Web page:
When he caught me up I was stopped having a drink having smoked nearly all of the fag (I broke it in half).
    He hung around for a while obviously wanting some sort of rematch. That was until the other 2 stopped and we had a good laugh with our ice cream.
    At that time I was riding with our local cycling club, that just happened to be a racing one. So I had learnt how to hold of others in a sprint and how to do dummy attacks when out on training rides.
    Good fun and a nice memory.

  11. Patrick wrote:

    Good story Keith. As it happens, my brother used to holiday in the Vendee and he said there is a local custom that if you're cycling and you see another cyclist, you are obliged to race!

  12. Garry wrote:

    I seldom have a go at passing a cyclist who passed me, unless I feel that I've been dawdling and need a bit of faster stuff. It can ruin your spin.
    I mostly cycle easy and sleep well after it. When I race I get wound up and find myself waking early and feeling rashered. (Do the English etc. say rashered too?). A good word!
    I don't like it when cyclists don't salute you. Triathletes always do, racing cyclists sometimes don't. In Ireland it's the norm to salute strangers, or even to talk to them. I suppose it takes our minds off the wxyk34r.

  13. Kern wrote:

    "Rashered". It sounds like you're hamming it up, Garry :) .

  14. Elaine wrote:

    I get this a lot, it's quite fun to wait like you say until they have 'blown up' then overtake them, if you can! I heard a great tale of a young racing cyclist out training who was overtaken by an elderly chap wearing a cloth cap on a hybrid bike! When the young cyclist reached his local bike shop he told them he was giving-up racing, only to be told that the elderly chap was actually on an electric powered bike!

  15. welshcyclist wrote:

    Something similar happened to me Elaine, I was cycling to work early morning, about 05.00 when in the distance ahead I saw a cyclist tootling along. The road was flat and I was pushing the pace, but no matter what I did, huffing and puffing, I made no impression on the distance between us, yet he still was, seemingly, gently pedalling along? Finally he was stopped at a set of lights, and I almost drew up to him, the lights changed to green and he glided off with no effort at all. His bike looked heavy, then I realised it had an electric motor, via a large battery. Doah......!

  16. Peter wrote:

    This page ranked 2nd to my query: "find difficult to cycle at moderate pace, can't help wanting to catch and overtake other cyclists".

    I can identify with nearly all the opinions and experiences expressed. I'm not sure if it's my ?damaged ego or perhaps healthy and natural, instinctive, unconscious, competitive behaviour, but I can't seem to help myself. Only rarely does it feel like I win the internal struggle and 'force' myself to just keep pedaling along at a comfortable pace, trying to ignore the cyclist in front.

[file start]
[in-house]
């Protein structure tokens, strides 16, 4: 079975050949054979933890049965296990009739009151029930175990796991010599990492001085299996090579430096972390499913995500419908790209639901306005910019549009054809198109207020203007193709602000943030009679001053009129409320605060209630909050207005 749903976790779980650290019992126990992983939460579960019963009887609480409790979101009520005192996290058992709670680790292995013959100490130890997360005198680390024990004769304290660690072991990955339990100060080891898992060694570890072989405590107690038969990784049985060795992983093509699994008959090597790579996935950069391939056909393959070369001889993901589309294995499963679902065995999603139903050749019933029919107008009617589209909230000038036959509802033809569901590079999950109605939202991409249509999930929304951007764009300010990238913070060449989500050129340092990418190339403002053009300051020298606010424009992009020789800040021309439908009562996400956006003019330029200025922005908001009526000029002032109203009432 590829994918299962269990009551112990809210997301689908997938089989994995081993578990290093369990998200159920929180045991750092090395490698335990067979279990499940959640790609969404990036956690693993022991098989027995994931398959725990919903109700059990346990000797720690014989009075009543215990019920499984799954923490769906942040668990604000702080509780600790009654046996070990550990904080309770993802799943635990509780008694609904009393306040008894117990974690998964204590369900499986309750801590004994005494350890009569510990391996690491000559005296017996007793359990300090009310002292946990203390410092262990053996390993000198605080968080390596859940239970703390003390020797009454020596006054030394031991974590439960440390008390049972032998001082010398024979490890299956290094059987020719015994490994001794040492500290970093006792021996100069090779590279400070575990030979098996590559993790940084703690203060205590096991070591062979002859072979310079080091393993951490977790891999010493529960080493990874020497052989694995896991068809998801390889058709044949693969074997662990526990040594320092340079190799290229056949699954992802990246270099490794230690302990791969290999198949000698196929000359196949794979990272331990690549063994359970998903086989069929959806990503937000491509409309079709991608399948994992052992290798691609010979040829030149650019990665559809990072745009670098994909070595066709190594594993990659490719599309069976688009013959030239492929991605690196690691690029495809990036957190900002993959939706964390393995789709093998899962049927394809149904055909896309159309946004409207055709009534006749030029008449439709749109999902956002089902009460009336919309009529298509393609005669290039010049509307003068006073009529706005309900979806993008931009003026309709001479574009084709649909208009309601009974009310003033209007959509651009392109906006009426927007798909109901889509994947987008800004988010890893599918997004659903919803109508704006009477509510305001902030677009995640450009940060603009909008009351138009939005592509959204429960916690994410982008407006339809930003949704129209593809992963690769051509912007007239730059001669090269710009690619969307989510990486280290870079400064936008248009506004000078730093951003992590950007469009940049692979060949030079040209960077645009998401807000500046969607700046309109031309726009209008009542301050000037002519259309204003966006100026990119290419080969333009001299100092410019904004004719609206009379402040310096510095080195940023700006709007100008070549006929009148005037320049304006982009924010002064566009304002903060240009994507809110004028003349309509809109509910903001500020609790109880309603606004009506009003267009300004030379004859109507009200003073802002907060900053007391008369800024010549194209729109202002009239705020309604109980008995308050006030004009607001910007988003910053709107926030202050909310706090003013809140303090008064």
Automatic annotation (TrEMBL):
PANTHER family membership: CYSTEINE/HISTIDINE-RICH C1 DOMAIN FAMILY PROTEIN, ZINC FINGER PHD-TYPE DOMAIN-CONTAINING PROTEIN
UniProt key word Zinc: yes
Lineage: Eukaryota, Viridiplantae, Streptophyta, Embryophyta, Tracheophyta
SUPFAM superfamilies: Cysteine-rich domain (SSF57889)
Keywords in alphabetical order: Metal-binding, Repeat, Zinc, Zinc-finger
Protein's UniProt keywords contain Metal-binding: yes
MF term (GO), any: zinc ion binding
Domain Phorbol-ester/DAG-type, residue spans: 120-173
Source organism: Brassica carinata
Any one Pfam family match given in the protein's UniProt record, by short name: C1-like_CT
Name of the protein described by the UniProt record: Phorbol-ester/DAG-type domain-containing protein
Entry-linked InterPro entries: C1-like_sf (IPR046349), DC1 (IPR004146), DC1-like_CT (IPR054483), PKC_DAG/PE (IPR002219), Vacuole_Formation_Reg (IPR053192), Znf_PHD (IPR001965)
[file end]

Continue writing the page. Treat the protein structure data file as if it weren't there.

I do try to push myself moderately hard most of the time on the iron horse; I enjoy the speed and excitement of urban cycling, overtaking all the cars stuck in jams, and recklessly drafting/slip-streaming buses and lorries as much as i can. I think its part of my predisposition to the buzz of sensation-seeking behaviour.

    I like to think I can laugh at myself, after the event mind; however at the time I find myself taking it all too seriously and even when it wasn't easy to catch the person ahead, more often than not I can't stop myself from 'needing' to overtake them. If I don't say anything its because I'm gasping for air and/or don't want to feel like I'm patronising the other person (perhaps that's how I feel when the tables are turned- most likely). ...Whatever you do, DON'T LOOK BACK; that's my curious logic. So today I found myself pushing harder and for longer than I wanted to after having 'had to' overtake the guy in front. It won't be the first or hopefully the last time this happens, unless I can learn to take it steadier.

    Conclusion: Our Father in Cycling Heaven, I have sinned or have I; either way its good to confess. :-)

  17. Alan wrote:

    I have just returned to cycling after about 25years off a bike as I thought the combination of a very stressful job and middle age needed some antidote. I am aiming to complete a 90km sponsored ride and gave myself about 5 months to build up slowly. Initially I even avoided wearing cycling kit so as not to appear as having all the gear and no idea. On the odd occasion that I do overtake somebody, particularly if they are on a nice bike, I just assume that they have already covered some distance whilst I am fairly fresh – no shame in being overtaken when you have already done 40+ miles. I have trained by myself and gauge an increase in distance and increase in ease ( read reduction in pain ) that it takes to get up a hill or complete a ride. Still find it nice to catch somebody occasionally but I have my own aims and am happy that I have gone from being spent after 5 miles to doing 45 without a stop in just a few weeks – just ignored the idiots as you will probably never see them again.

Leave a comment

Add a Smiley Smiley »